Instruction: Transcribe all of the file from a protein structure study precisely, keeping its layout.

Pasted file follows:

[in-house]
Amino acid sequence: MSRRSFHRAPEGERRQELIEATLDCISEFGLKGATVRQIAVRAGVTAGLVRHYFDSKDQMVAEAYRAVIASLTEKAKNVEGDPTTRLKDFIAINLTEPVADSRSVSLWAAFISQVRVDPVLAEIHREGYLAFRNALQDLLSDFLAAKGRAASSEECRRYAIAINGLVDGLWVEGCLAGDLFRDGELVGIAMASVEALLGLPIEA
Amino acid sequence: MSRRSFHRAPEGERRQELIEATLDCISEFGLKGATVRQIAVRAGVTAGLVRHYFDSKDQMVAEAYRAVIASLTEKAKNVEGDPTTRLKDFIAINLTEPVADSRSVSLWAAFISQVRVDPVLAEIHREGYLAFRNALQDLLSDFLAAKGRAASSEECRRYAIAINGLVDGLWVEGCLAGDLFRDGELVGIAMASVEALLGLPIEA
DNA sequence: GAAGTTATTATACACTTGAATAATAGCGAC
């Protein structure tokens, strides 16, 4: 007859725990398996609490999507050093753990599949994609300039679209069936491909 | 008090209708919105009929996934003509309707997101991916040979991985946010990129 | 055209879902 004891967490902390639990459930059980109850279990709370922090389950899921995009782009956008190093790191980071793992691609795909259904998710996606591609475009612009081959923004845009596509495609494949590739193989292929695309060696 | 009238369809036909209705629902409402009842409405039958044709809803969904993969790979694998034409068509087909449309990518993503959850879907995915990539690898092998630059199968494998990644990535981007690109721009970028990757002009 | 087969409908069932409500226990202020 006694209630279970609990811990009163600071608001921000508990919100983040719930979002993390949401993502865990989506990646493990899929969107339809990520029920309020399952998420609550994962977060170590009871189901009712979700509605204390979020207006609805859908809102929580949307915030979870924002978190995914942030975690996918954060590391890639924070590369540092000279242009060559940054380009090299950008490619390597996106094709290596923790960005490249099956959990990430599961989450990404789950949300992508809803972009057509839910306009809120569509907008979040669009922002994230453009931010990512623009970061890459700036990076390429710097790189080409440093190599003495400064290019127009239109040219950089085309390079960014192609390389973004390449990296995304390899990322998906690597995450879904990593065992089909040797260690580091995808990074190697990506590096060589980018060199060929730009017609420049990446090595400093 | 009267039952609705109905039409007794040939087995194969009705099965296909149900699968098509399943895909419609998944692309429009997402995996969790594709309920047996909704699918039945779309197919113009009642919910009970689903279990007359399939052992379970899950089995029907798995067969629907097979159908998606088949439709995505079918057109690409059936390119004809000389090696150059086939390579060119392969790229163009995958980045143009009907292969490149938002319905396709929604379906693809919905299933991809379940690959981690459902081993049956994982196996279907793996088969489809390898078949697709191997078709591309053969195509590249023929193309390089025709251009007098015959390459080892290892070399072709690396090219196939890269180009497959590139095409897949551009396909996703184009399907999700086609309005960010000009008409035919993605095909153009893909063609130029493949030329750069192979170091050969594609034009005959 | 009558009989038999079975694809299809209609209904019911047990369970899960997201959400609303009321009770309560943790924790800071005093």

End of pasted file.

[in-house]
Amino acid sequence: MSRRSFHRAPEGERRQELIEATLDCISEFGLKGATVRQIAVRAGVTAGLVRHYFDSKDQMVAEAYRAVIASLTEKAKNVEGDPTTRLKDFIAINLTEPVADSRSVSLWAAFISQVRVDPVLAEIHREGYLAFRNALQDLLSDFLAAKGRAASSEECRRYAIAINGLVDGLWVEGCLAGDLFRDGELVGIAMASVEALLGLPIEA
Amino acid sequence: MSRRSFHRAPEGERRQELIEATLDCISEFGLKGATVRQIAVRAGVTAGLVRHYFDSKDQMVAEAYRAVIASLTEKAKNVEGDPTTRLKDFIAINLTEPVADSRSVSLWAAFISQVRVDPVLAEIHREGYLAFRNALQDLLSDFLAAKGRAASSEECRRYAIAINGLVDGLWVEGCLAGDLFRDGELVGIAMASVEALLGLPIEA
DNA sequence: GAAGTTATTATACACTTGAATAATAGCGAC
């Protein structure tokens, strides 16, 4: 007859725990398996609490999507050093753990599949994609300039679209069936491909 | 008090209708919105009929996934003509309707997101991916040979991985946010990129 | 055209879902 004891967490902390639990459930059980109850279990709370922090389950899921995009782009956008190093790191980071793992691609795909259904998710996606591609475009612009081959923004845009596509495609494949590739193989292929695309060696 | 009238369809036909209705629902409402009842409405039958044709809803969904993969790979694998034409068509087909449309990518993503959850879907995915990539690898092998630059199968494998990644990535981007690109721009970028990757002009 | 087969409908069932409500226990202020 006694209630279970609990811990009163600071608001921000508990919100983040719930979002993390949401993502865990989506990646493990899929969107339809990520029920309020399952998420609550994962977060170590009871189901009712979700509605204390979020207006609805859908809102929580949307915030979870924002978190995914942030975690996918954060590391890639924070590369540092000279242009060559940054380009090299950008490619390597996106094709290596923790960005490249099956959990990430599961989450990404789950949300992508809803972009057509839910306009809120569509907008979040669009922002994230453009931010990512623009970061890459700036990076390429710097790189080409440093190599003495400064290019127009239109040219950089085309390079960014192609390389973004390449990296995304390899990322998906690597995450879904990593065992089909040797260690580091995808990074190697990506590096060589980018060199060929730009017609420049990446090595400093 | 009267039952609705109905039409007794040939087995194969009705099965296909149900699968098509399943895909419609998944692309429009997402995996969790594709309920047996909704699918039945779309197919113009009642919910009970689903279990007359399939052992379970899950089995029907798995067969629907097979159908998606088949439709995505079918057109690409059936390119004809000389090696150059086939390579060119392969790229163009995958980045143009009907292969490149938002319905396709929604379906693809919905299933991809379940690959981690459902081993049956994982196996279907793996088969489809390898078949697709191997078709591309053969195509590249023929193309390089025709251009007098015959390459080892290892070399072709690396090219196939890269180009497959590139095409897949551009396909996703184009399907999700086609309005960010000009008409035919993605095909153009893909063609130029493949030329750069192979170091050969594609034009005959 | 009558009989038999079975694809299809209609209904019911047990369970899960997201959400609303009321009770309560943790924790800071005093």